For some people, molds are just the slimy fungi found in the deep corners of their homes. However, most are not aware that aside from allergic reactions, molds can be deadly to specific individuals.
In their natural habitat, molds are essential in the decomposition cycle so that organic matter can be recycled into the soil for use by other organisms. However, the special defenses they have developed and how they propagate can now affect humans if the mold ends up inside our houses.
Here are some reasons why mold and good health do not mix well.
How does mold affect my health and well-being? Can mold affect my pets, too? These are typical concerns that homeowners may have when they first detect the presence of mold in their homes.
While many people tend to have high resistance to molds, some can have asthma attack triggers and allergic reactions from even the slightest whiff of mold spores. Symptoms of mold allergy include irritated eyes, nose, throat, congestion of the airways, and even skin irritation in some cases.
If you are getting allergic reactions while you are at home, and being away from home makes the symptoms abate, then your home may have a mold infestation that is large enough to trigger allergic reactions.
Age and health issues
Mold spores tend to attack specific types of people and animals. It is well known that mold spores tend to affect the young and the elderly more. The immune system is typically not operating at full power in both cases. As a result, poor immunity can lead to more serious allergic reactions that can threaten a person’s life.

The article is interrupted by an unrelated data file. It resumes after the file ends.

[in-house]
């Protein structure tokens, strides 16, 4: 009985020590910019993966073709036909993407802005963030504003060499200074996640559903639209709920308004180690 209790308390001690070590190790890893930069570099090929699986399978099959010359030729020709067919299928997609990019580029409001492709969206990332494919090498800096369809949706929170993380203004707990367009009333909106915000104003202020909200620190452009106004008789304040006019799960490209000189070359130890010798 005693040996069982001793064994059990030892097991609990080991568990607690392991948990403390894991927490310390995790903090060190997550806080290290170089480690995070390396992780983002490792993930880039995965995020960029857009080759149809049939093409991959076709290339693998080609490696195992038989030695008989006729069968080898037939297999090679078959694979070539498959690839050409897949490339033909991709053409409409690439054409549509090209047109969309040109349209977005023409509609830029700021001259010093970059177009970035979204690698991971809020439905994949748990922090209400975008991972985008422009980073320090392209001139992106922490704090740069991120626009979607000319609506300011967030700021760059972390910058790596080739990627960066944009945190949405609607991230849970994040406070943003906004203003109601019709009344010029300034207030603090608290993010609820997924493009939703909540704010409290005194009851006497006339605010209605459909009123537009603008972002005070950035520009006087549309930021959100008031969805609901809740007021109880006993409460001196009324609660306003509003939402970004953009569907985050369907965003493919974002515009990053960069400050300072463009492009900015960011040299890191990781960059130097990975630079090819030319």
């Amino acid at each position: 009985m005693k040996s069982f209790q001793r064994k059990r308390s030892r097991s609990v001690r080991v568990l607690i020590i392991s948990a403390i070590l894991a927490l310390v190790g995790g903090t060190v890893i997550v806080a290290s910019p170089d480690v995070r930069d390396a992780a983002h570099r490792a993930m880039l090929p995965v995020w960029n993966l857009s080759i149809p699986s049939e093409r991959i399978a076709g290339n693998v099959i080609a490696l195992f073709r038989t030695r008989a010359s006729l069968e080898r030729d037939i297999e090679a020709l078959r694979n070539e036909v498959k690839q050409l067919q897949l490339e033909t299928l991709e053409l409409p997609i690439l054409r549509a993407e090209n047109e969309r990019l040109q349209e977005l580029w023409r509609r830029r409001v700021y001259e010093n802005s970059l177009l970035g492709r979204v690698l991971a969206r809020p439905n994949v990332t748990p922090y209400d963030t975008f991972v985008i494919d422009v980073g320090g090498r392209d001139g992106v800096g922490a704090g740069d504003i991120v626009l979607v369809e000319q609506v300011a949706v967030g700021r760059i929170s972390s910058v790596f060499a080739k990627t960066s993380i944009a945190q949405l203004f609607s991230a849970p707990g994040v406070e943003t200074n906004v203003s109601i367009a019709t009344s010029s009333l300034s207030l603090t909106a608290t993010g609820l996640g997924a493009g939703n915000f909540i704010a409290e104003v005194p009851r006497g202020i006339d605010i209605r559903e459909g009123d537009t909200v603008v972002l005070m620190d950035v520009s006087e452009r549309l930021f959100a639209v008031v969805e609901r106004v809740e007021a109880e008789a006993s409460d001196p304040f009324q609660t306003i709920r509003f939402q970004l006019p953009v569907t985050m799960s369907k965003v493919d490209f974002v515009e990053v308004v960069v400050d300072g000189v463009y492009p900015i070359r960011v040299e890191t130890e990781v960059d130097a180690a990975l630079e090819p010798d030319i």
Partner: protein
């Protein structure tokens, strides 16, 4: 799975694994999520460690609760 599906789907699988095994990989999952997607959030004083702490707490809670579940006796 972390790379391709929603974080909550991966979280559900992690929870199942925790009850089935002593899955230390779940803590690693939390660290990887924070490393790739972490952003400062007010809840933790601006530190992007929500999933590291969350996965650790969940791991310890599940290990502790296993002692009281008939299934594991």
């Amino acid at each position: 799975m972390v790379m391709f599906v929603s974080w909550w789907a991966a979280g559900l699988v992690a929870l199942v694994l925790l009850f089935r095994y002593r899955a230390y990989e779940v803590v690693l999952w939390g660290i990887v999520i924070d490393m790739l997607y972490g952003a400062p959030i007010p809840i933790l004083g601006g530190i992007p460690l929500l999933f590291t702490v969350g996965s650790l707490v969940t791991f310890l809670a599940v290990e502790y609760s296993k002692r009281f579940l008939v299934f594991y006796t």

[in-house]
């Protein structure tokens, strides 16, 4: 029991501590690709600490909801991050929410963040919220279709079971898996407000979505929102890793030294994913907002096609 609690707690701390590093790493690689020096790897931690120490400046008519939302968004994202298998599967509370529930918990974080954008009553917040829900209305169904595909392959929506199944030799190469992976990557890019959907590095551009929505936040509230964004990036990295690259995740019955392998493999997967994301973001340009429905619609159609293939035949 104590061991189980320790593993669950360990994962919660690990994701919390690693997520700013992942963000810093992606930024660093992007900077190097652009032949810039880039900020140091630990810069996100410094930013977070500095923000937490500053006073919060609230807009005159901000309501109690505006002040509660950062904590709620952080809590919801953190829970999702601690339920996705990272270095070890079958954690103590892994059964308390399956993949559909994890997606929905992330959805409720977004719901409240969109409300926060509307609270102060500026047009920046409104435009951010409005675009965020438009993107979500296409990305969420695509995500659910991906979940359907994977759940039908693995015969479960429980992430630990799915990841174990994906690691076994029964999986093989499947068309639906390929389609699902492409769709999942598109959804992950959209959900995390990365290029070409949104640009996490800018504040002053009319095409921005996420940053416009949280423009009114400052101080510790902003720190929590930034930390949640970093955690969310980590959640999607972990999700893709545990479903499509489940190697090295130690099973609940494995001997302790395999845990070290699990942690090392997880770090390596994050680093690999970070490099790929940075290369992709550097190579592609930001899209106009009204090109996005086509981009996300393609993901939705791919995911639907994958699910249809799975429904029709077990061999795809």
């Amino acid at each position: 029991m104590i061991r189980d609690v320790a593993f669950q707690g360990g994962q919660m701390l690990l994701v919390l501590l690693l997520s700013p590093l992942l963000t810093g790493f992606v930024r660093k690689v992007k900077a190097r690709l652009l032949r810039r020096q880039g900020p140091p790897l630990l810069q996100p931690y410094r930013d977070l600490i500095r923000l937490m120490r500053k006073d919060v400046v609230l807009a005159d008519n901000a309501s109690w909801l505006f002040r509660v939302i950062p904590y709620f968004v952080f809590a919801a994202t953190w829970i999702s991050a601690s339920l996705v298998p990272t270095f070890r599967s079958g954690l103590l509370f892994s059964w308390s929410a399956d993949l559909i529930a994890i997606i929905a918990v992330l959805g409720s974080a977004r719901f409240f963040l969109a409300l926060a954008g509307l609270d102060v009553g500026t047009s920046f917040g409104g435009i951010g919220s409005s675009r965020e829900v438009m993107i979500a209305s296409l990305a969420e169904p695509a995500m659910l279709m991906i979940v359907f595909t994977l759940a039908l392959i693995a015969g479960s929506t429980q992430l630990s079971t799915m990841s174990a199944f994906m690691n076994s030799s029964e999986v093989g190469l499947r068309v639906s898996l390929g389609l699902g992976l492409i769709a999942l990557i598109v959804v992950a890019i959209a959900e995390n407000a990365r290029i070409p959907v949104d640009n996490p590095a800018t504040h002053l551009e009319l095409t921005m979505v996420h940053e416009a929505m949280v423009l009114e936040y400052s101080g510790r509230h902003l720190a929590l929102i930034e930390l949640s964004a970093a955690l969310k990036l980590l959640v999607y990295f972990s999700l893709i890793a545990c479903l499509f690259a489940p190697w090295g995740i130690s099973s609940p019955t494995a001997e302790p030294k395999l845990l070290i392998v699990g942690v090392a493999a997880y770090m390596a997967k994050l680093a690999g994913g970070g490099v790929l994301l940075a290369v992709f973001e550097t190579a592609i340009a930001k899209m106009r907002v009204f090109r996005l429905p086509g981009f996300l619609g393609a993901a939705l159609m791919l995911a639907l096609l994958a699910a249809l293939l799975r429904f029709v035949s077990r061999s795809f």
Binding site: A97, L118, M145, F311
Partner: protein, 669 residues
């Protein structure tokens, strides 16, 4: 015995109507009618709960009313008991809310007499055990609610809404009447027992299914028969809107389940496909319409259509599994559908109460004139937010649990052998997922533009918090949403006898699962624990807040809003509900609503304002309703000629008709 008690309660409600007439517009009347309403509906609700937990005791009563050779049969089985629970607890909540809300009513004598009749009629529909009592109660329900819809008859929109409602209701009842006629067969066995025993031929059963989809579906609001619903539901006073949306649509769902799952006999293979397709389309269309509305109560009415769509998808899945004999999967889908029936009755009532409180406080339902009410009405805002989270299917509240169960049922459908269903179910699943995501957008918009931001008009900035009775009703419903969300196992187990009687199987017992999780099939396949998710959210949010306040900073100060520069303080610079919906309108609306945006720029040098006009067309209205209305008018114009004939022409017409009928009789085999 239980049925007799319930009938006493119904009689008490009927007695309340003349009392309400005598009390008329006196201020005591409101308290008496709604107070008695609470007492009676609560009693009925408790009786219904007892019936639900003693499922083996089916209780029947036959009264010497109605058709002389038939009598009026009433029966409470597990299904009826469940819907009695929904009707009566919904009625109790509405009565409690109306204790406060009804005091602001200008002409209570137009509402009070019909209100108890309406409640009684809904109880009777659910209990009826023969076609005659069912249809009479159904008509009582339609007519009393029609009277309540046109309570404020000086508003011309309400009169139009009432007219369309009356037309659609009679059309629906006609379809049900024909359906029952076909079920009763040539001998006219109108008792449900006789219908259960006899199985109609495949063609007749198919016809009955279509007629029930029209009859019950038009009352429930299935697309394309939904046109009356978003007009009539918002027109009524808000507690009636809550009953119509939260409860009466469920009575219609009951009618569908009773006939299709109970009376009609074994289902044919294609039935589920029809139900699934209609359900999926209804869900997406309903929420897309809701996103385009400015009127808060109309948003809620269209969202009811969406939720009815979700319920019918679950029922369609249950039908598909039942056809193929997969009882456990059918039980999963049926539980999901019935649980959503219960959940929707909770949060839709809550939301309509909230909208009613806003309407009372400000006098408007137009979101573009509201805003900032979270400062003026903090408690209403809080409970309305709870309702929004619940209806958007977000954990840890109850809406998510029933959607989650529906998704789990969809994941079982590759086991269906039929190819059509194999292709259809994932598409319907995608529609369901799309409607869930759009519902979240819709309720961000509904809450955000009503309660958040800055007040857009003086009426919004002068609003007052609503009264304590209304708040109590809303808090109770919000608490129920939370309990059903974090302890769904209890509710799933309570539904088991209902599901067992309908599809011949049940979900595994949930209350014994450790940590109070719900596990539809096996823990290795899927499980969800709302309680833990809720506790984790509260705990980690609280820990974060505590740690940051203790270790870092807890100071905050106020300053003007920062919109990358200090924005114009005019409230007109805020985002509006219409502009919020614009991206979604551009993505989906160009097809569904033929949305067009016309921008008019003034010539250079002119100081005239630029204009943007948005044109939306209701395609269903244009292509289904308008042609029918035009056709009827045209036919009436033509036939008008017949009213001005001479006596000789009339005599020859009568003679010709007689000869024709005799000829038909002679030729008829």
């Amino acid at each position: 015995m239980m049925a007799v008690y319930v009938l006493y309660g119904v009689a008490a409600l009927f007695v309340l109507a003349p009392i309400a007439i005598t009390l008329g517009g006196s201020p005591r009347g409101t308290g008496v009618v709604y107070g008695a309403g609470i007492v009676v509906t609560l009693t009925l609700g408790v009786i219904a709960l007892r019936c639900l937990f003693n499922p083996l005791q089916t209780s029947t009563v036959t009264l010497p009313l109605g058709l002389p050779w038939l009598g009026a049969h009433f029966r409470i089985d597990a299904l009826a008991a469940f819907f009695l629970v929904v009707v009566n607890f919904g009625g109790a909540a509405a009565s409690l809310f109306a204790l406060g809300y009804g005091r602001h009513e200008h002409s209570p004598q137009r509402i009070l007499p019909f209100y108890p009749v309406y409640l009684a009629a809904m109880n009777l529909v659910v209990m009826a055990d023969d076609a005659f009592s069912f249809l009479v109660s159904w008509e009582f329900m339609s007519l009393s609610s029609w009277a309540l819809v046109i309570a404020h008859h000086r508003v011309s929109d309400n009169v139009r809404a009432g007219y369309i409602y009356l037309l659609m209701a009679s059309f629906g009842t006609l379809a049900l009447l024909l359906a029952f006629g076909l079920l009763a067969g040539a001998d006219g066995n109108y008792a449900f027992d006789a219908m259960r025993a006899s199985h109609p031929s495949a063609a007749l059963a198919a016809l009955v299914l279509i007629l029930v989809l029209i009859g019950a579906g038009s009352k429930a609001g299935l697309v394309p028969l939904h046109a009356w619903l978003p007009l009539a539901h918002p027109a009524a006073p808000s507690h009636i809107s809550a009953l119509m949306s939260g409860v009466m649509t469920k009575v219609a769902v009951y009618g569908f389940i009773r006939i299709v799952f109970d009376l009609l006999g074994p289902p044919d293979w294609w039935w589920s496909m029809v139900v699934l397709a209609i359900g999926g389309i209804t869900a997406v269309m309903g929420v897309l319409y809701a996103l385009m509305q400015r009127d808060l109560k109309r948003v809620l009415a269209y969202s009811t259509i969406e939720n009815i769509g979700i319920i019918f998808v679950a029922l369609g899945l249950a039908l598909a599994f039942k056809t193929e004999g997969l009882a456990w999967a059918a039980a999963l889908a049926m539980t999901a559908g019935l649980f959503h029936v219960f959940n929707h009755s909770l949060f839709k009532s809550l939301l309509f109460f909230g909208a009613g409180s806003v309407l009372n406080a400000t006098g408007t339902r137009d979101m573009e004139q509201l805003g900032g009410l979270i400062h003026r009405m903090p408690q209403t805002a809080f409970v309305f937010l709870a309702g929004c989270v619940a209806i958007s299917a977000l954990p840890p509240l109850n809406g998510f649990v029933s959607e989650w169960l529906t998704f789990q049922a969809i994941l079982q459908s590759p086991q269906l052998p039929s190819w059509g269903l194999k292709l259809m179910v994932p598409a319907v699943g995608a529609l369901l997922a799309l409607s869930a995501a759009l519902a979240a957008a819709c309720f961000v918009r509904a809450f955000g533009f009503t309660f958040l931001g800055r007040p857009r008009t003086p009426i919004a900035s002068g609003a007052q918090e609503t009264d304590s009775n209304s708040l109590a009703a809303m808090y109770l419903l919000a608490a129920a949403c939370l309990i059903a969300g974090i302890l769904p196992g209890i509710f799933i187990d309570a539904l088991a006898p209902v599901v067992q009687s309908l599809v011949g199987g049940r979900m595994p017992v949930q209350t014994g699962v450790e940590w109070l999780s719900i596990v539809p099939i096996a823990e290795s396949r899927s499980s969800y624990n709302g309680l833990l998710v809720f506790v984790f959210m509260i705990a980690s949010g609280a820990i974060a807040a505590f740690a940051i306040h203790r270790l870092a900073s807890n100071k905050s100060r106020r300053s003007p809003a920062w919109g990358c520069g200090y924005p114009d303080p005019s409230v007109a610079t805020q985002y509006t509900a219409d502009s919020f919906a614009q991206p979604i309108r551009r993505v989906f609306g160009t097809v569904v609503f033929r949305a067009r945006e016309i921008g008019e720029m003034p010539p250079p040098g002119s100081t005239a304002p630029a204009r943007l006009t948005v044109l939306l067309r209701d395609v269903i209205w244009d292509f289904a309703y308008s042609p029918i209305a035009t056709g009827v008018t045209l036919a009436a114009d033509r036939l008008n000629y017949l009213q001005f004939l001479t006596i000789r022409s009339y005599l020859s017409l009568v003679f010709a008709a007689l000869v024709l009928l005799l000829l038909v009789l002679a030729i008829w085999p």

Some molds can release mycotoxins, creating severe medical conditions in people exposed to mold for long periods. Mycotoxins can go as far as to affect the nervous system and the brain itself.
Severe reactions are usually directly correlated to the amount of mycotoxin an individual has been exposed to. Therefore, the longer the exposure period, the more intense the condition will be, and the longer it will take the body to heal itself.
What can you do about it?
When it comes to mold and your health, preventive measures and regular inspection are the better solutions, rather than wait for things to get worse that you may have to abandon your house. You should keep a personal inspection schedule, such as looking over the house before the seasons change or if it has been humid the past few weeks. That way, you can get the jump on a possible “bloom” of molds.
Don’t be tempted to go the DIY route before you’ve had a professional assessment of the situation. Improper mold remediation can lead to the proliferation of more spores into the atmosphere, which can be detrimental to your health. A spore burst may also transfer the infestation to other parts of your home. Therefore, it is recommended to hire a mold inspector to equip you with some knowledge on how to clean up all that mold.